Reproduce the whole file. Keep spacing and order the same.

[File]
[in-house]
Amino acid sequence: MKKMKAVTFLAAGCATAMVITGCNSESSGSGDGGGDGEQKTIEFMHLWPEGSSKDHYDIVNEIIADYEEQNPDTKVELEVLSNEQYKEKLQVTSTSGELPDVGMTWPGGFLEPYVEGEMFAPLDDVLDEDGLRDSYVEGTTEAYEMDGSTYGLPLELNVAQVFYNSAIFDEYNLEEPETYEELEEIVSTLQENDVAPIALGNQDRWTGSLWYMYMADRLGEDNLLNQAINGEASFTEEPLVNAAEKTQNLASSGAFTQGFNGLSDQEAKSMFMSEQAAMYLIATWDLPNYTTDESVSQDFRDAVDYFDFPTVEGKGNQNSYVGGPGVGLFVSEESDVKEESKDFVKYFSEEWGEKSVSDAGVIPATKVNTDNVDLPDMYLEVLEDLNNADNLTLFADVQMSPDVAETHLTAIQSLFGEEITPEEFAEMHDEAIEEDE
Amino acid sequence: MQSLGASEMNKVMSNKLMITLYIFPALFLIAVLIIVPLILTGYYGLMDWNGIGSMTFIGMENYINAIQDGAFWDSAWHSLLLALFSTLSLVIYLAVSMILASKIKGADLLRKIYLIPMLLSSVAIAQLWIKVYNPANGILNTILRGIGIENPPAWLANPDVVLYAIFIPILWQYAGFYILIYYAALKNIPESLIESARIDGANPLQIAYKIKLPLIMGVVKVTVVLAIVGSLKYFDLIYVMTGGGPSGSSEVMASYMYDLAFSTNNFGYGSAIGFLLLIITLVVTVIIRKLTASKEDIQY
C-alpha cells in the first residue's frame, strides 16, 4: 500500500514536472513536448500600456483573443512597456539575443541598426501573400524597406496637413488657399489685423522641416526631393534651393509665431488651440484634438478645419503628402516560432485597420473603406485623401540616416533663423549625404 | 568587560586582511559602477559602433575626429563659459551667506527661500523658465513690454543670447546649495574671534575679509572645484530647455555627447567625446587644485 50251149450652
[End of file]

[in-house]
Amino acid sequence: MKKMKAVTFLAAGCATAMVITGCNSESSGSGDGGGDGEQKTIEFMHLWPEGSSKDHYDIVNEIIADYEEQNPDTKVELEVLSNEQYKEKLQVTSTSGELPDVGMTWPGGFLEPYVEGEMFAPLDDVLDEDGLRDSYVEGTTEAYEMDGSTYGLPLELNVAQVFYNSAIFDEYNLEEPETYEELEEIVSTLQENDVAPIALGNQDRWTGSLWYMYMADRLGEDNLLNQAINGEASFTEEPLVNAAEKTQNLASSGAFTQGFNGLSDQEAKSMFMSEQAAMYLIATWDLPNYTTDESVSQDFRDAVDYFDFPTVEGKGNQNSYVGGPGVGLFVSEESDVKEESKDFVKYFSEEWGEKSVSDAGVIPATKVNTDNVDLPDMYLEVLEDLNNADNLTLFADVQMSPDVAETHLTAIQSLFGEEITPEEFAEMHDEAIEEDE
Amino acid sequence: MQSLGASEMNKVMSNKLMITLYIFPALFLIAVLIIVPLILTGYYGLMDWNGIGSMTFIGMENYINAIQDGAFWDSAWHSLLLALFSTLSLVIYLAVSMILASKIKGADLLRKIYLIPMLLSSVAIAQLWIKVYNPANGILNTILRGIGIENPPAWLANPDVVLYAIFIPILWQYAGFYILIYYAALKNIPESLIESARIDGANPLQIAYKIKLPLIMGVVKVTVVLAIVGSLKYFDLIYVMTGGGPSGSSEVMASYMYDLAFSTNNFGYGSAIGFLLLIITLVVTVIIRKLTASKEDIQY
C-alpha cells in the first residue's frame, strides 16, 4: 500500500514536472513536448500600456483573443512597456539575443541598426501573400524597406496637413488657399489685423522641416526631393534651393509665431488651440484634438478645419503628402516560432485597420473603406485623401540616416533663423549625404 | 568587560586582511559602477559602433575626429563659459551667506527661500523658465513690454543670447546649495574671534575679509572645484530647455555627447567625446587644485 50251149450652